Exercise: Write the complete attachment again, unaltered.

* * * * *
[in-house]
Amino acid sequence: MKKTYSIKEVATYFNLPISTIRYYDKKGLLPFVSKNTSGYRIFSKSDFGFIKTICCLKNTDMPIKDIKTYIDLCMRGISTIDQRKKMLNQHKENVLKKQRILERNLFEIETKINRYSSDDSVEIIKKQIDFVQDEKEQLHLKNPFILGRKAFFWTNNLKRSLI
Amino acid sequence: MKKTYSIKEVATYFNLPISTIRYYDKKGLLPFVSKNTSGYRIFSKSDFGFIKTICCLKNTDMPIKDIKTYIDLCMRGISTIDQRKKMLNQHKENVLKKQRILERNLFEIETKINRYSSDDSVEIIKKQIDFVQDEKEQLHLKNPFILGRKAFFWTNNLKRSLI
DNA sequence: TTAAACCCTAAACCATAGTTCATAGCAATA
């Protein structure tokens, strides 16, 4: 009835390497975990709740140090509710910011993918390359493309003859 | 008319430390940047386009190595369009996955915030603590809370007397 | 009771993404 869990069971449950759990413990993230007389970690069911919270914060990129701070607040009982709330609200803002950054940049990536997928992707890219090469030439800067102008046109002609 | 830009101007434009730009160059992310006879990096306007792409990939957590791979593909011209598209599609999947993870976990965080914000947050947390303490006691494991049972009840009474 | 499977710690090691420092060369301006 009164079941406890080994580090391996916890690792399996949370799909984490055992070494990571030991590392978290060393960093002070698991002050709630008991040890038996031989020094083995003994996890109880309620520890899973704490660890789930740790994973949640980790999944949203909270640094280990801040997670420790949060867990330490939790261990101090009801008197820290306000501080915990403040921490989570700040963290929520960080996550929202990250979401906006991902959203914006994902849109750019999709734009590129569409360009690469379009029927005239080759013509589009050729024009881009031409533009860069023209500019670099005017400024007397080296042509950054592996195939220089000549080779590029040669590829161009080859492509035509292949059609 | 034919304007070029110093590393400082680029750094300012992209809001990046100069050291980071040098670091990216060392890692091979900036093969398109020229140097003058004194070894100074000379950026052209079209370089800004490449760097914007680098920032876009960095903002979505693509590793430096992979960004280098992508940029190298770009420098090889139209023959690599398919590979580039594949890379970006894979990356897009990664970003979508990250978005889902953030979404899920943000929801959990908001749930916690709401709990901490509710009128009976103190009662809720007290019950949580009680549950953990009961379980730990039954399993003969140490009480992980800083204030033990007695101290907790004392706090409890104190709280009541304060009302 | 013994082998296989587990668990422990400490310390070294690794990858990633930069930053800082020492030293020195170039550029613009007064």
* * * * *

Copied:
[in-house]
Amino acid sequence: MKKTYSIKEVATYFNLPISTIRYYDKKGLLPFVSKNTSGYRIFSKSDFGFIKTICCLKNTDMPIKDIKTYIDLCMRGISTIDQRKKMLNQHKENVLKKQRILERNLFEIETKINRYSSDDSVEIIKKQIDFVQDEKEQLHLKNPFILGRKAFFWTNNLKRSLI
Amino acid sequence: MKKTYSIKEVATYFNLPISTIRYYDKKGLLPFVSKNTSGYRIFSKSDFGFIKTICCLKNTDMPIKDIKTYIDLCMRGISTIDQRKKMLNQHKENVLKKQRILERNLFEIETKINRYSSDDSVEIIKKQIDFVQDEKEQLHLKNPFILGRKAFFWTNNLKRSLI
DNA sequence: TTAAACCCTAAACCATAGTTCATAGCAATA
């Protein structure tokens, strides 16, 4: 009835390497975990709740140090509710910011993918390359493309003859 | 008319430390940047386009190595369009996955915030603590809370007397 | 009771993404 869990069971449950759990413990993230007389970690069911919270914060990129701070607040009982709330609200803002950054940049990536997928992707890219090469030439800067102008046109002609 | 830009101007434009730009160059992310006879990096306007792409990939957590791979593909011209598209599609999947993870976990965080914000947050947390303490006691494991049972009840009474 | 499977710690090691420092060369301006 009164079941406890080994580090391996916890690792399996949370799909984490055992070494990571030991590392978290060393960093002070698991002050709630008991040890038996031989020094083995003994996890109880309620520890899973704490660890789930740790994973949640980790999944949203909270640094280990801040997670420790949060867990330490939790261990101090009801008197820290306000501080915990403040921490989570700040963290929520960080996550929202990250979401906006991902959203914006994902849109750019999709734009590129569409360009690469379009029927005239080759013509589009050729024009881009031409533009860069023209500019670099005017400024007397080296042509950054592996195939220089000549080779590029040669590829161009080859492509035509292949059609 | 034919304007070029110093590393400082680029750094300012992209809001990046100069050291980071040098670091990216060392890692091979900036093969398109020229140097003058004194070894100074000379950026052209079209370089800004490449760097914007680098920032876009960095903002979505693509590793430096992979960004280098992508940029190298770009420098090889139209023959690599398919590979580039594949890379970006894979990356897009990664970003979508990250978005889902953030979404899920943000929801959990908001749930916690709401709990901490509710009128009976103190009662809720007290019950949580009680549950953990009961379980730990039954399993003969140490009480992980800083204030033990007695101290907790004392706090409890104190709280009541304060009302 | 013994082998296989587990668990422990400490310390070294690794990858990633930069930053800082020492030293020195170039550029613009007064």